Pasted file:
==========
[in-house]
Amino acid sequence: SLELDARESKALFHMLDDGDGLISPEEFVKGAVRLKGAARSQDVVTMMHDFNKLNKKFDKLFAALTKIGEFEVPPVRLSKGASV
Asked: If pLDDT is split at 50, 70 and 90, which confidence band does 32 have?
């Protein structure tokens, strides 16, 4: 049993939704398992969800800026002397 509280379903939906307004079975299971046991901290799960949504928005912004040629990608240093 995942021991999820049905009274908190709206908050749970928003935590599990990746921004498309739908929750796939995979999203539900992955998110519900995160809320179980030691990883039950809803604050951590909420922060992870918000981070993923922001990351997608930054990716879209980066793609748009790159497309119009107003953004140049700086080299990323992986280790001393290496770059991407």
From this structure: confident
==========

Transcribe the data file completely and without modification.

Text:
[in-house]
Amino acid sequence: SLELDARESKALFHMLDDGDGLISPEEFVKGAVRLKGAARSQDVVTMMHDFNKLNKKFDKLFAALTKIGEFEVPPVRLSKGASV
Asked: If pLDDT is split at 50, 70 and 90, which confidence band does 32 have?
């Protein structure tokens, strides 16, 4: 049993939704398992969800800026002397 509280379903939906307004079975299971046991901290799960949504928005912004040629990608240093 995942021991999820049905009274908190709206908050749970928003935590599990990746921004498309739908929750796939995979999203539900992955998110519900995160809320179980030691990883039950809803604050951590909420922060992870918000981070993923922001990351997608930054990716879209980066793609748009790159497309119009107003953004140049700086080299990323992986280790001393290496770059991407």
From this structure: confident